Dick Allen and the team that saved the White Sox

Editor’s note: This excerpt, which appears by permission of the author, is from SABR member Ed Gruver’s upcoming book, “October ’72.”

By Ed Gruver

His team trailing by two runs in the bottom of the ninth inning, it didn’t take Chuck Tanner long to pick a pinch-hitter.

“Okay, Dick,” the Chicago White Sox skipper said to Richie “Dick” Allen. “Go in and hit.”

His It was late in the day on June 4, 1972, the second game of a doubleheader against the New York Yankees. The Sox had won the first game 6-1, Allen contributing two hits and a run scored as Chicago improved to 24-17 to stay in second place in the West, one-half game ahead of Minnesota and 3.5 games behind Oakland.

The doubleheader drew 51,904 fans to Comiskey Park and left another 8,000 hopefuls stranded on the sidewalks surrounding the jam-packed stadium. The crowd inside Comiskey was the old ballpark’s largest in 18 years, lending a festive atmosphere to the proceedings. Thousands had come to see Allen, who was in the midst of an MVP campaign that would see him hit .308 and lead the league in home runs (37), RBIs (113), walks (99), on-base percentage (.420), slugging percentage (.603) and OPS (1.023). And he did all of this while playing his home games in pitcher-friendly Comiskey Park.

Each of Allen’s homers seemed to come with a story, and June 4 provided one of his – and the Sox – more memorable moments: the “chili dog homer.”

Tanner had chosen to let Allen sit out the second game. “He’s played every inning this year,” Tanner explained, “and he deserves a rest.”

But as soon as the lineups were posted on the scoreboard – sans the Sox superstar – team owner John Allyn placed a call to his manager.

“Where,” the boss asked, “is Allen?”

Tanner’s response was unruffled.

“I’m saving him for late in the game,” he said. “I’ll send him in to pinch-hit with a couple men on base so he can hit a homer and win the game for us.”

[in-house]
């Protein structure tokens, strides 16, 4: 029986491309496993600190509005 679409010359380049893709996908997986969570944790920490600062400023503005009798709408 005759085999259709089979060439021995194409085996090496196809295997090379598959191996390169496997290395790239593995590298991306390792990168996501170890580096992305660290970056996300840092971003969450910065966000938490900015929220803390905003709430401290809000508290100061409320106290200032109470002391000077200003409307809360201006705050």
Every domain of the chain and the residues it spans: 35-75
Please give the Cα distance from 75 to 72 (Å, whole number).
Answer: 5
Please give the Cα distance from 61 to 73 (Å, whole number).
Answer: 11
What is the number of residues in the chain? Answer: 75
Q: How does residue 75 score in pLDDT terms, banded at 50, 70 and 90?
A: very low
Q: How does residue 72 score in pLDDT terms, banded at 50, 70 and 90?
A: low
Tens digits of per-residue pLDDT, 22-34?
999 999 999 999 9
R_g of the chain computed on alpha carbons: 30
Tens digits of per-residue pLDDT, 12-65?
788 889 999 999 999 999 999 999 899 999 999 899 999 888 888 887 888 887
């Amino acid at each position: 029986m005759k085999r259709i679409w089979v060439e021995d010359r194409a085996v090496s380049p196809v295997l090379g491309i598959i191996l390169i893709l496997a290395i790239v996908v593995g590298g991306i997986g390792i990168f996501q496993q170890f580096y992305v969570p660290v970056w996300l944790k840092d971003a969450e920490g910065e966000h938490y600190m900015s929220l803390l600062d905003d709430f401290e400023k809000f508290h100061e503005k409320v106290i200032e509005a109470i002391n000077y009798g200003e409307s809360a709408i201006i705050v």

The Yankees led 4-2 in the bottom of the ninth. Bill Melton worked a one-out walk and Mike Andrews singled to left, prompting New York manager Ralph Houk to bring in southpaw reliever Sparky Lyle.

Tanner responded by sending a batboy to the clubhouse to summon his slugger.

“I was eating a chili dog when I heard Chuck wanted me to hit,” Allen remembered. “I had chili all over my shirt so I put on a new one and a pair of pants with no underclothes.”

As Allen hefted his bat – at 40 ounces it weighed a half-pound more than those used by other sluggers his size in the early 1970s – Tanner sent Jorge Orta in to pinch-run for Andrews. When Allen was announced as a pinch-hitter, Andrews, who had been Lyle’s roommate on the Red Sox, shouted at Lyle, “Sparky, you’re in deep (crap) now!”

Allen strode to the plate, took a strike and then a ball. The next pitch is one he’ll remember the rest of his life.

“Sparky Lyle threw me a slider,” he said, “and it wound up in the seats.”

It wound up some 370 feet away in the left-field grandstand, winning the game for the White Sox, 5-4. It was the ninth walk-off home run of Allen’s career.

For the Sox and their delirious fans, it was a giddy, heady moment not seen on Chicago’s South Side since 1967. The crowd refused to leave Comiskey Park and spent the next 30 minutes after the game standing, cheering and hollering.

Allen called it a “memorable moment,” one of many for the White Sox that summer. Allen, Tanner, Wilbur Wood, Carlos May, Jay Johnstone, Stan Bahnsen, “Beltin’” Bill Melton, Walt “No Neck” Williams, Rich “Goose” Gossage and Terry Forster produced a season of excitement that built over the course of the summer, thanks in no small part to the enthusiastic radio calls of new Sox broadcaster Harry Caray on WTAQ/WEAW.

On May 21, the Sox trailed California 8-6 in the bottom of the ninth. With two out and two on, May dug in against reliever Alan Foster.